Ask her what she has found so satisfying, and her eyes brim with tears.

“It’s the people here that I met,” she says. “It’s the donors who would call and I’d become friendly with. It’s the work that we were doing to help those in distress.”

But the most rewarding part of the job, to her, has been helping people in need.

“The need is so great.” she explains. “It’s just overwhelming, the help that is going overseas. It’s amazing — especially for the children who are suffering over there.”

“This place is in my heart,” she adds. “I enjoy doing what I’m doing. I feel so strongly about Catholic Near East, about the people who work here, the jobs that they do. It gives me a good feeling at the end of the day to feel like I did a good job with our donors. It’s heartwarming, just knowing that you are in touch, talking to another person who’s donating to CNEWA.”

She’s seen a lot of changes over the years. “It was a different world,” she says. “When I first started, it was typewriters and boxes and boxes of work lined up to be done. No computers. You had to make sure everything lined up on the page when you typed.” She laughs. “And it didn’t always line up.”

But what has lined up is her life with the life of CNEWA. And, it seems, it’s been welcome and rewarding intersection. She has now been with the association for more than half of its 90 years — and has no plans to leave any time soon.

“To me, CNEWA means my home. It’s like my second home. I enjoy the work I’m doing, the people I work with, and I just enjoy coming into this building every day.”

Eileen is still working for CNEWA, after 55 years. (photo: courtesy Eileen Fay)

1 September 2016
Greg Kandra

In this image from April, displaced Iraqis celebrate Mass in Inishke, Iraq. Pope Francis yesterday told Christians in the Middle East to keep the flame of faith alive. (photo: CNS/Paul Jeffrey)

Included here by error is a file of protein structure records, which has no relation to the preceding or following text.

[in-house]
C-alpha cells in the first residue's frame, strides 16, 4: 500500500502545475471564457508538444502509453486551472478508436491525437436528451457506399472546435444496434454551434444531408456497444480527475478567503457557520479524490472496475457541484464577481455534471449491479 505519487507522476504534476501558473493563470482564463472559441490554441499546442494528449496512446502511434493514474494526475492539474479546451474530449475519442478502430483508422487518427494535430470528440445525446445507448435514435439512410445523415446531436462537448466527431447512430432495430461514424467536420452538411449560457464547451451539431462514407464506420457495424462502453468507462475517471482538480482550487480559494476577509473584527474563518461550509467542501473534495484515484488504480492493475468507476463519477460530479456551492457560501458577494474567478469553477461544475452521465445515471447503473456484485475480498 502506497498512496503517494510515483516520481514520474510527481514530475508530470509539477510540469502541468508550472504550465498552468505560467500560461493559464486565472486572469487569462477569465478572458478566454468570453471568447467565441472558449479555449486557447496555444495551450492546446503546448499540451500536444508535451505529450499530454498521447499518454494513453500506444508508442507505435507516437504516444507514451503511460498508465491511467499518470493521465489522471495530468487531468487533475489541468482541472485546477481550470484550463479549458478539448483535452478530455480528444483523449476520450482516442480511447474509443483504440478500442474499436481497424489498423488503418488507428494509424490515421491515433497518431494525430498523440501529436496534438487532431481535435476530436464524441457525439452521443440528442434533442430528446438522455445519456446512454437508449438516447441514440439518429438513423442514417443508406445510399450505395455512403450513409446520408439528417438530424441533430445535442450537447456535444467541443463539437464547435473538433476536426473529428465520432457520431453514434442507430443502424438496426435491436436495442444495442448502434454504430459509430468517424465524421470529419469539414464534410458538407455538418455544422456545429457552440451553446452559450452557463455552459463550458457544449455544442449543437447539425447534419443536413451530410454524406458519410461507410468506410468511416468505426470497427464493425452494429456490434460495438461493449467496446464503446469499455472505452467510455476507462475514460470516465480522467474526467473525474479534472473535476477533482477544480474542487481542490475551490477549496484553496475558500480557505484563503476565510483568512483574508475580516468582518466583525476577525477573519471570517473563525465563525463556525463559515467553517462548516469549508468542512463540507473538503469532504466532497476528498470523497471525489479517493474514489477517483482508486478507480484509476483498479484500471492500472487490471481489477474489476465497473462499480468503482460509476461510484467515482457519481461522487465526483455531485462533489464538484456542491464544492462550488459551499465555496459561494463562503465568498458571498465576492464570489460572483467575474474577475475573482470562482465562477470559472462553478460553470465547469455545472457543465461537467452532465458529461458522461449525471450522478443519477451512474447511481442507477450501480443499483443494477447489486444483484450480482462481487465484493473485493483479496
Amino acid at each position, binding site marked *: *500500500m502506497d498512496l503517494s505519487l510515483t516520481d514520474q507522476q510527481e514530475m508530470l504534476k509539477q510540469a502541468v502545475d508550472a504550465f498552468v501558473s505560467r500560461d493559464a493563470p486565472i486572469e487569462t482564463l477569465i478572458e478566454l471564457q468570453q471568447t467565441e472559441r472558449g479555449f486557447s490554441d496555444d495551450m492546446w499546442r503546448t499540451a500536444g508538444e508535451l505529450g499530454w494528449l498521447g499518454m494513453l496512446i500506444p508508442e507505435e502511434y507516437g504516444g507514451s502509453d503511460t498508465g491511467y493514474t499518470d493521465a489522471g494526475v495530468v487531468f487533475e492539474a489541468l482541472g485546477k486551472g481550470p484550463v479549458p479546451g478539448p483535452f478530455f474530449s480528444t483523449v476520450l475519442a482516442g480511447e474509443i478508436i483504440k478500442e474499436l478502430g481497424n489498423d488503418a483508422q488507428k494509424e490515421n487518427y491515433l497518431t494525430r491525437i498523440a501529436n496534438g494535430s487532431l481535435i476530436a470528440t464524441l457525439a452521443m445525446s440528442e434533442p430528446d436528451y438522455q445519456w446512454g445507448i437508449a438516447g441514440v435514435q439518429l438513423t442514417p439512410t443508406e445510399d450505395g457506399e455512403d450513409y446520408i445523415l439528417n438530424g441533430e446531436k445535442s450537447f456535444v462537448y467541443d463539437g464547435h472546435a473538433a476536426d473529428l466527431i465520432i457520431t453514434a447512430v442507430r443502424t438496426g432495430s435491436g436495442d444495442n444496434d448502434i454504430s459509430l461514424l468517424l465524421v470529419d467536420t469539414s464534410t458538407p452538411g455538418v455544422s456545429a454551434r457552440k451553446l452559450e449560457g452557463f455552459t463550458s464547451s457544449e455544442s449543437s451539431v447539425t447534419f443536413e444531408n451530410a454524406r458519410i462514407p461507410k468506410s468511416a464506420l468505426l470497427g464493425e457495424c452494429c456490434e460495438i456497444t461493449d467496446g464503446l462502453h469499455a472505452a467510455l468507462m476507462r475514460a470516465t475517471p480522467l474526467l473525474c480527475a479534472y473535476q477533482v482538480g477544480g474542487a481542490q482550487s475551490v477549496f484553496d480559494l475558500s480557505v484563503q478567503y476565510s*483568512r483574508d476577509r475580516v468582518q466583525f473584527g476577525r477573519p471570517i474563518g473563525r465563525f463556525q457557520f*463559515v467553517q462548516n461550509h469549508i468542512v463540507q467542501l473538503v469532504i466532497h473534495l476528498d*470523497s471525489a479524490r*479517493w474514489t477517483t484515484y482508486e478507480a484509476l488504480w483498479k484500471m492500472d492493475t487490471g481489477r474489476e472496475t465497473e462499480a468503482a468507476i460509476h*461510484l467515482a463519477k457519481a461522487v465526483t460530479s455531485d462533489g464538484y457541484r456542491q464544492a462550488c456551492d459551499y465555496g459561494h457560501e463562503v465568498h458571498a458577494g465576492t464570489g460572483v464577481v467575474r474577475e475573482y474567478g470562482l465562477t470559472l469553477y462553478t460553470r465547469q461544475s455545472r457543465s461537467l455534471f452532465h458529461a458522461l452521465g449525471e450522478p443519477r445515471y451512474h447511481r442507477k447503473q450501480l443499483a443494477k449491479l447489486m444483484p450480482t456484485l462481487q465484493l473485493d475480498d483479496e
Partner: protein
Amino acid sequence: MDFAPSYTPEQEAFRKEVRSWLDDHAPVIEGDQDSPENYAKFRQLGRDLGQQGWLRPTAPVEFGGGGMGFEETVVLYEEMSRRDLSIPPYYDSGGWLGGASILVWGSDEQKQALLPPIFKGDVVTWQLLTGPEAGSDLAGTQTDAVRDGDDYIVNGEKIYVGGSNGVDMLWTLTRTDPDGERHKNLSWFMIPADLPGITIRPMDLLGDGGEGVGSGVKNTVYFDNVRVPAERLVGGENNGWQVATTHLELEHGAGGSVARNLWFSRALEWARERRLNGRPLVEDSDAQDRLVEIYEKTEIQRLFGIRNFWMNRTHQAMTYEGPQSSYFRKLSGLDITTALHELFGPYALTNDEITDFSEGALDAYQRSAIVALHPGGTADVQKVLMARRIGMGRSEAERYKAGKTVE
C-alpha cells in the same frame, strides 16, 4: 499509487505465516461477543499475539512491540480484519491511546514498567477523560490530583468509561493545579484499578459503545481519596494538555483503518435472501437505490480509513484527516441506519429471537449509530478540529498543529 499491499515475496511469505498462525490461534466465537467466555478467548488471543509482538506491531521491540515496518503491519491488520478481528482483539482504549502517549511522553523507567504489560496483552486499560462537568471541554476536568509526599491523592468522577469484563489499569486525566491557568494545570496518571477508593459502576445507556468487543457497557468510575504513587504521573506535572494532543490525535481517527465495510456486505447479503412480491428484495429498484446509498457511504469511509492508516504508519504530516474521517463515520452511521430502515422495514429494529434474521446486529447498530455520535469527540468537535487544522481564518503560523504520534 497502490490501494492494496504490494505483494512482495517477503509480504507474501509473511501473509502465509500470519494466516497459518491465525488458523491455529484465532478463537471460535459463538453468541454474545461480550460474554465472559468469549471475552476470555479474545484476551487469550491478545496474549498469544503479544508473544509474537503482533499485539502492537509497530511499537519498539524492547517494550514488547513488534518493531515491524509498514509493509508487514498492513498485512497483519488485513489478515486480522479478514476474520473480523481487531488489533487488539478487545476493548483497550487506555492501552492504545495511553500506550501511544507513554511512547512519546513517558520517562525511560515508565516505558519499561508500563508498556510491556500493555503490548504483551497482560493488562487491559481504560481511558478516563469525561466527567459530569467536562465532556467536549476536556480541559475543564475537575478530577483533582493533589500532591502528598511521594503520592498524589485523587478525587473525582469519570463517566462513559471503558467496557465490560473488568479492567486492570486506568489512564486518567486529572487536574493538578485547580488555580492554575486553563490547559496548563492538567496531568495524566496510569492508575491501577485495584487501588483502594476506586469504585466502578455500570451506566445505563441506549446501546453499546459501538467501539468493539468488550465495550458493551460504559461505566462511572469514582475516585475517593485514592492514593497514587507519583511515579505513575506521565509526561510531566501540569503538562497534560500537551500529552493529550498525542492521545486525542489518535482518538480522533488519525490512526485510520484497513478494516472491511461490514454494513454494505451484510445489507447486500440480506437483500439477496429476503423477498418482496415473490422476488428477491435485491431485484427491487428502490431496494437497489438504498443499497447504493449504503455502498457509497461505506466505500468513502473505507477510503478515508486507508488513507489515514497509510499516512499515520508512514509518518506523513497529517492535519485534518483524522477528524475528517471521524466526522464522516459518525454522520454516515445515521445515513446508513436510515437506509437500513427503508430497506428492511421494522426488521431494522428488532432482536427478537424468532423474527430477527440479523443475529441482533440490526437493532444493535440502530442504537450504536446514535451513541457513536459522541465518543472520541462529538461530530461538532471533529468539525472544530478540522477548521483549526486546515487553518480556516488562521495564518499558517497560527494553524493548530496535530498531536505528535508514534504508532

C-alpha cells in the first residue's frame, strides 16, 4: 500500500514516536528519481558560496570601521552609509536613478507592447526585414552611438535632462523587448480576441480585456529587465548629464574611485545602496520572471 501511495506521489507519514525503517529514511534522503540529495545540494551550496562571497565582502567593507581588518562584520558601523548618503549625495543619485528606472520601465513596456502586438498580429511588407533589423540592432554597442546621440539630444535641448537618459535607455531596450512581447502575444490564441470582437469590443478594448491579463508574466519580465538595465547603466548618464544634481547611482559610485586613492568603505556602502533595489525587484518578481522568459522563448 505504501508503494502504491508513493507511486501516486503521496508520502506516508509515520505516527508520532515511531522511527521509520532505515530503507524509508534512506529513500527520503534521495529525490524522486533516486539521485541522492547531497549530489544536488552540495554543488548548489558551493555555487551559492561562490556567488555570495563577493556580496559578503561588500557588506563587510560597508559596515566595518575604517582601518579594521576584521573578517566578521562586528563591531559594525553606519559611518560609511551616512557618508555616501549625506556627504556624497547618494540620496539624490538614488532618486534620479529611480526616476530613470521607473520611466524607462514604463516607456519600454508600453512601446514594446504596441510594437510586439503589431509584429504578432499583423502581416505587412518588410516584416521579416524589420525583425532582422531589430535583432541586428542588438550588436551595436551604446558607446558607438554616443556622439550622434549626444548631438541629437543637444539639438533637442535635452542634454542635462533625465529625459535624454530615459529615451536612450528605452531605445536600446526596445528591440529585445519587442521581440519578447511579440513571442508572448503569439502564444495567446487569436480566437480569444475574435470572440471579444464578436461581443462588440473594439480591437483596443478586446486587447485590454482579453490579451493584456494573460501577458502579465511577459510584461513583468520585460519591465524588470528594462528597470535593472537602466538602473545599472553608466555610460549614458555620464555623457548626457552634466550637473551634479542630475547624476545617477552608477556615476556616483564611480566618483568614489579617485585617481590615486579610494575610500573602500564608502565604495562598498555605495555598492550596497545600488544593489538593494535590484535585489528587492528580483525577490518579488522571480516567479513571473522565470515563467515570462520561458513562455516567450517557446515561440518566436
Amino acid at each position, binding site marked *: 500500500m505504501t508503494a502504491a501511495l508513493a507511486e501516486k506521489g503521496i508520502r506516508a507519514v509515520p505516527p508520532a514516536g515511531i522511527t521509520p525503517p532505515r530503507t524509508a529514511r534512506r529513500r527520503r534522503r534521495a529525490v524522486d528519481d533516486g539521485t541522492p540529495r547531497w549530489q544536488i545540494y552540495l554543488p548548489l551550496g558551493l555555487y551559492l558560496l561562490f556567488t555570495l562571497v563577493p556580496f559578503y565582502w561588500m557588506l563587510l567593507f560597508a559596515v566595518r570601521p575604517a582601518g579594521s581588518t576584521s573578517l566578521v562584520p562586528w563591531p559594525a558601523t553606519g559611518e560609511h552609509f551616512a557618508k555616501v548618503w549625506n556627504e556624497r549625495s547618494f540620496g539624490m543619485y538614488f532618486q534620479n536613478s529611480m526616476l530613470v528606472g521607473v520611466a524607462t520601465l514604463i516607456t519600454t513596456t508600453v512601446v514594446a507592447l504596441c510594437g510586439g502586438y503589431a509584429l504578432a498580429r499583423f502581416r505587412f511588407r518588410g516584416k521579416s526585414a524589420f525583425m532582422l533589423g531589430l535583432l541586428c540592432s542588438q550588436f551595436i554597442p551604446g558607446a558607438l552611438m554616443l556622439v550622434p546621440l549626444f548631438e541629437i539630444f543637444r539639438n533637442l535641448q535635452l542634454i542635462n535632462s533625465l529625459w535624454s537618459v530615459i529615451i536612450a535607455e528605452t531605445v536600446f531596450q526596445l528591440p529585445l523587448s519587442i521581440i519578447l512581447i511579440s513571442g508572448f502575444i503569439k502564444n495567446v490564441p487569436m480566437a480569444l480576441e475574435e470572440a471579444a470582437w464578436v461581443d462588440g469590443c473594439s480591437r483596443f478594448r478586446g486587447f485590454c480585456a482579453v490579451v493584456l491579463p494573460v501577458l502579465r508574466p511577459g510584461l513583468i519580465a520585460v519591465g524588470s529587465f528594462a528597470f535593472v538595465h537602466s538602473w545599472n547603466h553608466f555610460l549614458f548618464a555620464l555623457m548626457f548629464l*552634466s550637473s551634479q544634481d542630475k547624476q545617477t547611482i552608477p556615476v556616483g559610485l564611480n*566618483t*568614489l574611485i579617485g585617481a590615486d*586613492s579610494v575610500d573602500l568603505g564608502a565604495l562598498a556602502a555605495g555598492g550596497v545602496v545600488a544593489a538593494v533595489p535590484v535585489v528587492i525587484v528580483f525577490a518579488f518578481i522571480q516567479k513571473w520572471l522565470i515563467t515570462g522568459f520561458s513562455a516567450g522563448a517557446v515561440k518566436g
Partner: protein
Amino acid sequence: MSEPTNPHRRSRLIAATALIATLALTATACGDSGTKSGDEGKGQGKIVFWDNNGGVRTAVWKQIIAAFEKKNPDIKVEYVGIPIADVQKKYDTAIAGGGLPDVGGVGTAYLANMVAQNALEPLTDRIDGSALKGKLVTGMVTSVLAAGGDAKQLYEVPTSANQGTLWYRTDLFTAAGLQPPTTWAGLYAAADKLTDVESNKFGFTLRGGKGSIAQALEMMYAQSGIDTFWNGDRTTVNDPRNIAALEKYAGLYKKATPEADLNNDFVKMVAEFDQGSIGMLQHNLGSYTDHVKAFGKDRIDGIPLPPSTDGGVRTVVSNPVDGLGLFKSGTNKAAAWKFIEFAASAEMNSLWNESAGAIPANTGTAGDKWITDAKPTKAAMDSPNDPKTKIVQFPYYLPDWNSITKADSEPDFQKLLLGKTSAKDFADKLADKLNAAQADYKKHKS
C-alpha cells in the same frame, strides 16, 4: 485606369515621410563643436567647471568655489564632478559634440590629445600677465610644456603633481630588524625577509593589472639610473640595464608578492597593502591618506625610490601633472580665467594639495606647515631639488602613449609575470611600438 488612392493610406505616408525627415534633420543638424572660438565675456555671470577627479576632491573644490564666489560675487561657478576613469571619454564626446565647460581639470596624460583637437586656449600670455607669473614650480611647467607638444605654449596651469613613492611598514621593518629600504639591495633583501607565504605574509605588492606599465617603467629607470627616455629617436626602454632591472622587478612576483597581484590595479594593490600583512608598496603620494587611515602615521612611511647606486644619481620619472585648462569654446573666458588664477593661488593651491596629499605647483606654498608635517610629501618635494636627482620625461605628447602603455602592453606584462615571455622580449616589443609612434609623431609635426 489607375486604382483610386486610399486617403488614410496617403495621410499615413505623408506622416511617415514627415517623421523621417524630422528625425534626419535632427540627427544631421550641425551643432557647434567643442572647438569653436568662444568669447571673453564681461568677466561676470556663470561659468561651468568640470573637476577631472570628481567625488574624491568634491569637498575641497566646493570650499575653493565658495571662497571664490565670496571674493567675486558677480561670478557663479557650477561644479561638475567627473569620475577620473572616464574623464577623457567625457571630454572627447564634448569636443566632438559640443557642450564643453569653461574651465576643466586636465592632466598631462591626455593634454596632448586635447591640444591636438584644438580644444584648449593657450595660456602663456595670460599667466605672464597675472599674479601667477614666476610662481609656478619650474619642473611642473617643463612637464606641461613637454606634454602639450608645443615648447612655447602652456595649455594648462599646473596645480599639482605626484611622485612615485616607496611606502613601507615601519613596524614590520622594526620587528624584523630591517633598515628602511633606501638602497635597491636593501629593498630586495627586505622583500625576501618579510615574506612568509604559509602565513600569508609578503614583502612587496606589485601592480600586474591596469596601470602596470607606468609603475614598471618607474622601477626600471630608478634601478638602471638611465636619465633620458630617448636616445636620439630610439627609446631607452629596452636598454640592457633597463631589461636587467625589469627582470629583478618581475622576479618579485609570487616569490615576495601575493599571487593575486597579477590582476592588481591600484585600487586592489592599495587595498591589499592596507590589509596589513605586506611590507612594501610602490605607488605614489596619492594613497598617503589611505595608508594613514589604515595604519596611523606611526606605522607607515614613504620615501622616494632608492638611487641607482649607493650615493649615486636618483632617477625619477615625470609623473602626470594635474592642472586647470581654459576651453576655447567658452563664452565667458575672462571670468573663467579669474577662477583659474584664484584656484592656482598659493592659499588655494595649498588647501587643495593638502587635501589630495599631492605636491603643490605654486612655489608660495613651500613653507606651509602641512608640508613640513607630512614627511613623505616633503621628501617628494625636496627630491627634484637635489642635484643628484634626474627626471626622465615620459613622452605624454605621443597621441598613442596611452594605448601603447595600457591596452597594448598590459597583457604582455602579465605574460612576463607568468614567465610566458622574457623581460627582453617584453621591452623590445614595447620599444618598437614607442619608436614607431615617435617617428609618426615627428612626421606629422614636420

Pope Francis urges Arab Christians to ‘keep the flame of their faith’ (Vatican Radio) Pope Francis told Christians in the Arab-speaking world to “keep the flame of their faith,” despite the darkness of the trial.” The Holy Father was speaking during his General Audience to Arab-speaking pilgrims from Iraq, Jordan, and the Middle East...

Ukraine cease fire holding (BBC) Ukraine’s defence minister says a new ceasefire has been holding in eastern Ukraine since midnight, despite a recent intensification of shelling. “This morning I’m pleasantly surprised that at 09:00 (06:00 GMT), since midnight, we haven’t had a single shot fired,” Stepan Poltorak said. It is the first time there has been a true halt to fighting in 11 months, says BBC correspondent Tom Burridge...

UN: situation in blockaded Gaza ‘grim’ (Andalou Agency) Robert Piper, the UN’s humanitarian coordinator for the Israeli-occupied Palestinian territories, has described current living conditions in the Gaza Strip — which continues to groan under a decade-long Israeli/Egyptian blockade — as “grim.” “Gaza continues to face difficult conditions even though the Palestinian people have great potential,” Piper said during a Wednesday visit to Gaza City’s Islamic University, according to a statement issued by the university...

Lebanon’s trash crisis threatens to return (Voice of America) Rubbish is again accumulating on some Beirut streets after protesters blocked access to a dump, raising fears that last summer’s garbage crisis, which provoked unprecedented street protests, could return...

Ecumenical autumn: Pope’s calendar filled with opportunities for dialogue (CNS) Pope Francis will open his season of ecumenical engagements on 20 September when he joins other Christian leaders and representatives of other religions in Assisi to commemorate the 30th anniversary of St. John Paul II’s interreligious peace gathering. Ten days later, Pope Francis flies to Georgia, a predominantly Orthodox nation. In October, he will meet and pray with Anglican Archbishop Justin Welby of Canterbury and, at the end of the month, he will fly to Sweden to take part in ecumenical events launching commemorations of the 500th anniversary of the Protestant Reformation...